United States: Federal Court Of Appeals Ruling Requires Improved Services For Poor New Yorkers Living With Aids
Last Updated: June 11 2003

Calling New York City’s AIDS services bureaucracy "dysfunctional," the United States Court of Appeals for the Second Circuit today ruled that over 31,000 impoverished New Yorkers living with AIDS and HIV-related illnesses have a legal right to improved access to public benefits and health care under federal disability-rights laws.

Affirming a lower-court decision appealed by the Bloomberg Administration, the Court said that the 31,000 clients of the City’s Division of AIDS Services Income Support (DASIS) must receive "meaningful access" to public benefits and services as required by the Americans with Disabilities Act (ADA), and that the City has a legal responsibility to make significant improvements in DASIS services and staffing.

"This is a tremendous victory for 31,000 indigent New Yorkers living with AIDS and for all Americans living with disabilities" said Armen Merjian, Senior Staff Attorney at Housing Works, one of the attorneys for plaintiffs in the case. "The ruling requires cities and states to provide reasonable accommodations when serving people with disabilities, and the court has made it clear that any failure to provide these accommodations is flat-out discrimination."

"It is particularly rewarding to gain such a clear and important victory for people with AIDS and other disabilities after having litigated this case for so long," said Susan Kohlmann, partner with Pillsbury Winthrop’s New York office, who argued the appeal and has been involved with the case since it was filed almost nine years ago. "It is our hope that our clients may now gain meaningful access to the benefits and services they so desperately need."

Under the ruling, City welfare officials must provide benefits in a timely fashion to DASIS clients and properly staff local welfare centers where cases are handled. Timeframes and standards for benefits and staffing have not been met under previous court orders, and Mayor Bloomberg has sought to cut staffing and eliminate services in his City budget proposals this year.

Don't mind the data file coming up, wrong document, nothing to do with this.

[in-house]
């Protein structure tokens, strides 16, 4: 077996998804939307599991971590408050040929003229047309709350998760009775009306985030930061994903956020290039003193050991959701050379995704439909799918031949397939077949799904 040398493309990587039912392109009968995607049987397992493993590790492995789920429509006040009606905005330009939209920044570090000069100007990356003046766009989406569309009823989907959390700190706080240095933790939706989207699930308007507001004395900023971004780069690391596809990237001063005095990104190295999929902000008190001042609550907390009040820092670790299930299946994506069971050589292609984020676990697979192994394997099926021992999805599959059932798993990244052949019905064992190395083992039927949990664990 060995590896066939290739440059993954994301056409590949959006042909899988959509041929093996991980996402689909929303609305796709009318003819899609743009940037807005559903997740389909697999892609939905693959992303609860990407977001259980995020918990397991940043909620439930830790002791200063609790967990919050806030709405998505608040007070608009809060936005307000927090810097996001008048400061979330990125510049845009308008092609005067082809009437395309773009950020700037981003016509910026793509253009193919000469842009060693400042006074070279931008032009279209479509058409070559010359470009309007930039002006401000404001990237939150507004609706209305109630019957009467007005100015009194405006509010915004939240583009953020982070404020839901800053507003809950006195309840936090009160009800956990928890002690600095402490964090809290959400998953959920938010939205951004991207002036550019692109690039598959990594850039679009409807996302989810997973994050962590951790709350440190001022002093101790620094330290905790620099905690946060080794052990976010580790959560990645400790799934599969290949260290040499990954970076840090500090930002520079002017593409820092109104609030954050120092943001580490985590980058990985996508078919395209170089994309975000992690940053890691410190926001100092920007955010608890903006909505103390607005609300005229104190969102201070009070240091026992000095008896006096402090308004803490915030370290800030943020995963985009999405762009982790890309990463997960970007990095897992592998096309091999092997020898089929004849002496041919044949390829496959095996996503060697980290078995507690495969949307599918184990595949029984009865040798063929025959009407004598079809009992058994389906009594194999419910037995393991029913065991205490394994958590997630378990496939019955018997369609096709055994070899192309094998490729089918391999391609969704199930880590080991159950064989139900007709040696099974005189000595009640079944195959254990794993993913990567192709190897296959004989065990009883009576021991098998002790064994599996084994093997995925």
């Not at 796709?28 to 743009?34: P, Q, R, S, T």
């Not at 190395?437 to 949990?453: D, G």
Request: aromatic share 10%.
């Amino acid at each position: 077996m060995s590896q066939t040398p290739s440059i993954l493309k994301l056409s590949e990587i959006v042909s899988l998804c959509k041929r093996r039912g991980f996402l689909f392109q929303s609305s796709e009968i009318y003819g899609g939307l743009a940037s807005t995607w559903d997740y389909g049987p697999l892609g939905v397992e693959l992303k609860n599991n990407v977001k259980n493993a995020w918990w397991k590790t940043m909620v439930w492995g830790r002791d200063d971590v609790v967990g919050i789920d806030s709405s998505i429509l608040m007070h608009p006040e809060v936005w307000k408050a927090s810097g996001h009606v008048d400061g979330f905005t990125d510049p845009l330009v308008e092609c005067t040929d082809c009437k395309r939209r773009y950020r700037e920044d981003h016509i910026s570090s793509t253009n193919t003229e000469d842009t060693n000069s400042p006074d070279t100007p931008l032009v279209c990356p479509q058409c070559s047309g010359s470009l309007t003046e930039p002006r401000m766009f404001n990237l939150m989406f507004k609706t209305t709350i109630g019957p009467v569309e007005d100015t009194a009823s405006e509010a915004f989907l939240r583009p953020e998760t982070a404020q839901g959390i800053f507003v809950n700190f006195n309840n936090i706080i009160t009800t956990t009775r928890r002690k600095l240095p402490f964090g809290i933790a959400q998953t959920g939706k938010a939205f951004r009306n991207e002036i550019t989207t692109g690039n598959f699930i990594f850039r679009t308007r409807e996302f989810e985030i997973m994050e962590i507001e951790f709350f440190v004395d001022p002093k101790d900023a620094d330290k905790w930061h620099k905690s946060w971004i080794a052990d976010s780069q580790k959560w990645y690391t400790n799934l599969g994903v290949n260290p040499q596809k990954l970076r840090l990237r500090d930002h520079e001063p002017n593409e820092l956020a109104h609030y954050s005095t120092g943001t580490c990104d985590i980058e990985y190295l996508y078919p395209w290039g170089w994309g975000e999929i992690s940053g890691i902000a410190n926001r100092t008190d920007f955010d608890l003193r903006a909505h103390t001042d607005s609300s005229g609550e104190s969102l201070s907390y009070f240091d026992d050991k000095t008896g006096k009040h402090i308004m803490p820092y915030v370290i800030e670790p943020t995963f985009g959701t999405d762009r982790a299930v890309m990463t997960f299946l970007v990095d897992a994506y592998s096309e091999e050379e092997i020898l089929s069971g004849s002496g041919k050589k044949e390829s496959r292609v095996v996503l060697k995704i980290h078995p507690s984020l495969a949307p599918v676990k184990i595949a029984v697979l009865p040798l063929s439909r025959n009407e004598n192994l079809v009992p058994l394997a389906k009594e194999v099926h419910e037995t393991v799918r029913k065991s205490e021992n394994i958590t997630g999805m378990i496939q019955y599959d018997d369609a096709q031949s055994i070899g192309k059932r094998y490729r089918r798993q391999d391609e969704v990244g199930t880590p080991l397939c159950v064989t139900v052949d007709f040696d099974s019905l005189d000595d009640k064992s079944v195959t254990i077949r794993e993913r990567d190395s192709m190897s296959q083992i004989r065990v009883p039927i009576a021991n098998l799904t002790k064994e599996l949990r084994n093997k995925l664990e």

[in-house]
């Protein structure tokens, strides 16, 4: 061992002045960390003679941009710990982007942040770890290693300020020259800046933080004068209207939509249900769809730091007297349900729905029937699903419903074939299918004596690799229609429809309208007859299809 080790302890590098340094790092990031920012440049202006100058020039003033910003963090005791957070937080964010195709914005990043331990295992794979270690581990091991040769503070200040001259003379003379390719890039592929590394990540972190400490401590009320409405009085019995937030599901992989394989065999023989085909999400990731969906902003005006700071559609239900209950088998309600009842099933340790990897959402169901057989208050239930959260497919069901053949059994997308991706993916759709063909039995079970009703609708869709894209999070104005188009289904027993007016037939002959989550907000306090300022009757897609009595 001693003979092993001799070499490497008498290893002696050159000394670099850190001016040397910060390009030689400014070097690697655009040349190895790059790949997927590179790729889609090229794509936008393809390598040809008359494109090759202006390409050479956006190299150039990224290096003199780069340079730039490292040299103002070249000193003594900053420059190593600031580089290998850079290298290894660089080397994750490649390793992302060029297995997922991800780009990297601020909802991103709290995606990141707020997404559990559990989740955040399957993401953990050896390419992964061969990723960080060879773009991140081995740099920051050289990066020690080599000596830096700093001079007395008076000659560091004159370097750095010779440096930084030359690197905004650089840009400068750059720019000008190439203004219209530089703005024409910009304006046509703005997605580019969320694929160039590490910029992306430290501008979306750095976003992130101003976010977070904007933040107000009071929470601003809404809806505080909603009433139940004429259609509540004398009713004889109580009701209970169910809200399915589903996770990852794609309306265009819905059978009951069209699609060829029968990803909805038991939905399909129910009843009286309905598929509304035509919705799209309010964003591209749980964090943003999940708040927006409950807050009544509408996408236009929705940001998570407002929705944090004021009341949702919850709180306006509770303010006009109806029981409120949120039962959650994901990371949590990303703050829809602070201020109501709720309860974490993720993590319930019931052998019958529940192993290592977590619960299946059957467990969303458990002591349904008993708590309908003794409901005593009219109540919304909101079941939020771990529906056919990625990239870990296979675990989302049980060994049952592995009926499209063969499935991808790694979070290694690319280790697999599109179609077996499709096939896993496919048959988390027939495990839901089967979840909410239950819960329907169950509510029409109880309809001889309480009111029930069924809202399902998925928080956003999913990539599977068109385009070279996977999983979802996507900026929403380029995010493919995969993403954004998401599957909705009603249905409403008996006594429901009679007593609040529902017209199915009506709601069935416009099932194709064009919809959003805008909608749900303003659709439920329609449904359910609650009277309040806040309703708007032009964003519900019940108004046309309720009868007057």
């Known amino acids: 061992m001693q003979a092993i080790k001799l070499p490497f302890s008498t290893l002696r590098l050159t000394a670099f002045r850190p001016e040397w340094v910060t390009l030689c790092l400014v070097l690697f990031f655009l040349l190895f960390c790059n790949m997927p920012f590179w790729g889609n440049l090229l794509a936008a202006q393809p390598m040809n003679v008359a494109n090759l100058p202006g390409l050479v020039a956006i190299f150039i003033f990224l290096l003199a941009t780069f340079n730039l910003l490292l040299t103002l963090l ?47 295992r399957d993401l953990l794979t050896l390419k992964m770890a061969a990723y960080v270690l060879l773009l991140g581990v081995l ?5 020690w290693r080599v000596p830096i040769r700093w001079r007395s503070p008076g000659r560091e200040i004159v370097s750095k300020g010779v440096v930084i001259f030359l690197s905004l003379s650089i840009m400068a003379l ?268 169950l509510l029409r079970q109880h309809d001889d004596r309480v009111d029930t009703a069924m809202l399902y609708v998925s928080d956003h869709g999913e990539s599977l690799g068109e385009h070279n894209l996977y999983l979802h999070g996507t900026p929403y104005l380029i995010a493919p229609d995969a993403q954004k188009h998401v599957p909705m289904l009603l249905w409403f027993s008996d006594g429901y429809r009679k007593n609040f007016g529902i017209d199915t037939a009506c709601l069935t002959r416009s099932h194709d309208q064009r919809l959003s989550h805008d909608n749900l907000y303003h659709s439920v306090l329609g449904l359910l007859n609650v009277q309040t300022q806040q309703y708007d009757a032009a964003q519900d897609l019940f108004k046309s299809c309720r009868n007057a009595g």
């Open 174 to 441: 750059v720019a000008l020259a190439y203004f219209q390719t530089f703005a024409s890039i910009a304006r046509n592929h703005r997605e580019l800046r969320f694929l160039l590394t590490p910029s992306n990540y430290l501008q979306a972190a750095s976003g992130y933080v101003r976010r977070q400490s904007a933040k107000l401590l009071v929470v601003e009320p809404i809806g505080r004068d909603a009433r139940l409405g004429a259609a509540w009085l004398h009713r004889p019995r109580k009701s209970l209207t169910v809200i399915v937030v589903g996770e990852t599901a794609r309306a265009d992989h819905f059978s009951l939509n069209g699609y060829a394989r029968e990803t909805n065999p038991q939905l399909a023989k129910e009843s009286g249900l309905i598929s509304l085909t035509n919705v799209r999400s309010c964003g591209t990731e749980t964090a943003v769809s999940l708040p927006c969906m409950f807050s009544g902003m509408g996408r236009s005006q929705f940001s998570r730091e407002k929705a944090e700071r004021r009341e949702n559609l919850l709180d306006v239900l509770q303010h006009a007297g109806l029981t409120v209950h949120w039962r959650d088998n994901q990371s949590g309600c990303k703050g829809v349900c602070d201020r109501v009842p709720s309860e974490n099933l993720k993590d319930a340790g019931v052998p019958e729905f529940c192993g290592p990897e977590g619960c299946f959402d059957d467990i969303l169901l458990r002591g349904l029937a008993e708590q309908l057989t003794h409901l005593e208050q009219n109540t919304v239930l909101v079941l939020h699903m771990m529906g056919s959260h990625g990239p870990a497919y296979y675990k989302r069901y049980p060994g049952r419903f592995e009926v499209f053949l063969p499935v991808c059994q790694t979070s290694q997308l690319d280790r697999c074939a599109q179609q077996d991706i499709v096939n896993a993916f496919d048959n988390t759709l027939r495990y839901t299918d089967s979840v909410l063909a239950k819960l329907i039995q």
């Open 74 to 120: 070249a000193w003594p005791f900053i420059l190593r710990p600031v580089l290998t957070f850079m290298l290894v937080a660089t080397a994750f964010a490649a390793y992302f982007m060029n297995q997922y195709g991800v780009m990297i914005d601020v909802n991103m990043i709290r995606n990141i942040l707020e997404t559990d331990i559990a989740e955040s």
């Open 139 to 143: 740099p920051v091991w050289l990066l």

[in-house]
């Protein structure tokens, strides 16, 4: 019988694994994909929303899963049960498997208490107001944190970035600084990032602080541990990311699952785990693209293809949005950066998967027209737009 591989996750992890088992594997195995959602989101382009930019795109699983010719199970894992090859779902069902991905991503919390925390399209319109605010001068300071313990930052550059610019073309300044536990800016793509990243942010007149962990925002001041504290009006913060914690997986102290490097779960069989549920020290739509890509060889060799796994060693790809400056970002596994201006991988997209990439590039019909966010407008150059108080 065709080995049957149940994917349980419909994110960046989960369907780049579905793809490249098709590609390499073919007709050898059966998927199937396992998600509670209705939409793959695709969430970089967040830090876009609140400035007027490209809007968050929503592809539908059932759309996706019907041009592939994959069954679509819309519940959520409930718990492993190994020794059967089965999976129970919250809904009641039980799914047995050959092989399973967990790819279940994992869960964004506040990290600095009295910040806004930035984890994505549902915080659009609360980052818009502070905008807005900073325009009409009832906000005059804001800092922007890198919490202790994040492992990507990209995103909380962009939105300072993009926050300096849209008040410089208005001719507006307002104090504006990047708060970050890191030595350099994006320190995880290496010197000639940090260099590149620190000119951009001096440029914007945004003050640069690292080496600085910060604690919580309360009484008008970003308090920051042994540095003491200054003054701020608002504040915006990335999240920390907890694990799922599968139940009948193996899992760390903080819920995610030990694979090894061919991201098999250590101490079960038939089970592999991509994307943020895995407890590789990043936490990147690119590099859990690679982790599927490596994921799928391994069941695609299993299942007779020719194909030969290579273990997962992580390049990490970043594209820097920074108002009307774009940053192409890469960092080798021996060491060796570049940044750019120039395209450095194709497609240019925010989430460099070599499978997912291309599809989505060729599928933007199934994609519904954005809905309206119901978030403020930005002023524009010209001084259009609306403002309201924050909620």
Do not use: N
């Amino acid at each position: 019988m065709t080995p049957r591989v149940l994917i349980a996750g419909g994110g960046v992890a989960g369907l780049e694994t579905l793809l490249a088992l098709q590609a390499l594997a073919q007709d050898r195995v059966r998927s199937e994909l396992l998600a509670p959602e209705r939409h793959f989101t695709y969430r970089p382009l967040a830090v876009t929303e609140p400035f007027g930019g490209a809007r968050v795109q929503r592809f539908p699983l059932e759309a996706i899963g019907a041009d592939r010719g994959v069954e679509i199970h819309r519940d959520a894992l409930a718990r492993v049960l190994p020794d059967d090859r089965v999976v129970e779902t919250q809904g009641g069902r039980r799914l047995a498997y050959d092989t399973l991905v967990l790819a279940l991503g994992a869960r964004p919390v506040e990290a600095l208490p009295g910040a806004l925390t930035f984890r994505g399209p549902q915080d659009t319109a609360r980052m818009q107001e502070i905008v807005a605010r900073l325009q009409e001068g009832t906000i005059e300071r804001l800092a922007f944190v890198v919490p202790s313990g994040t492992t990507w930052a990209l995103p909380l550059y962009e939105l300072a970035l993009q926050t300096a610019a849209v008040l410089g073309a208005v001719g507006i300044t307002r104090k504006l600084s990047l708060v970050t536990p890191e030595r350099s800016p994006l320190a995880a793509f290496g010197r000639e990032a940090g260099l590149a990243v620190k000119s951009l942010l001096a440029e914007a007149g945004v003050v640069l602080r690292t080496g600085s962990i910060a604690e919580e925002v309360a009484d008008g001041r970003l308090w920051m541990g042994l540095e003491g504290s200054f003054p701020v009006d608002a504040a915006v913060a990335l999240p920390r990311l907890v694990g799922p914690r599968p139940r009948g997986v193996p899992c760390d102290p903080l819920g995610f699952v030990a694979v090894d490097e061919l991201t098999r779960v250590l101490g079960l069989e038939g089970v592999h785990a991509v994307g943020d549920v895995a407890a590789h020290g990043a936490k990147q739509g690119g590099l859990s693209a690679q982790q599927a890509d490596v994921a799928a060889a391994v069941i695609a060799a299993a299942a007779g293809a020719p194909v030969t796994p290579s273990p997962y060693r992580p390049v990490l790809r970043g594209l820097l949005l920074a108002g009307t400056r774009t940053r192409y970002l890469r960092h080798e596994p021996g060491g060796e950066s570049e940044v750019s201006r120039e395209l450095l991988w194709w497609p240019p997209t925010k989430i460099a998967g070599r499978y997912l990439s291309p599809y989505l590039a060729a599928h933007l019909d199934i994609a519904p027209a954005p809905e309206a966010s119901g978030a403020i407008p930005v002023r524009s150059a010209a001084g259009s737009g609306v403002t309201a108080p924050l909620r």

One of the most important legal aspects of the ruling was also one of the most disturbing: Bloomberg Administration officials had sought to defend themselves against the case by essentially claiming that everyone in the welfare system gets bad service and that people with AIDS weren’t getting any worse service than other poor New Yorkers.

In today’s ruling, the Court said disabled plaintiffs don’t have to prove "disparate impact" to make a claim and addressed the City’s argument directly: "The mere fact that plaintiffs, in the current apparently broken overall social services system, might not be doing worse that persons without disabilities does not render the dysfunctional DASIS ‘reasonable.’"

The case at issue today, Henrietta D. v. Bloomberg, was brought by Housing Works, Inc., Pillsbury Winthrop LLP, and the HIV Law Project on behalf of a class of over 31,000 indigent New York City residents with AIDS or HIV related illness.

Housing Works Inc. counsel included Armen Merjian, Jennifer Sinton and Virginia Shubert; the Pillsbury Winthrop LLP team included Susan Kohlmann, Karen Dine, Carolina Fornos and Heather Conoboy; and HIV Law Project counsel included Victoria Nielson.

Housing Works provides housing, services and advocacy to homeless New Yorkers living with AIDS and HIV and is the nation’s largest community-based AIDS organization. For more information, visit www.housingworks.org.

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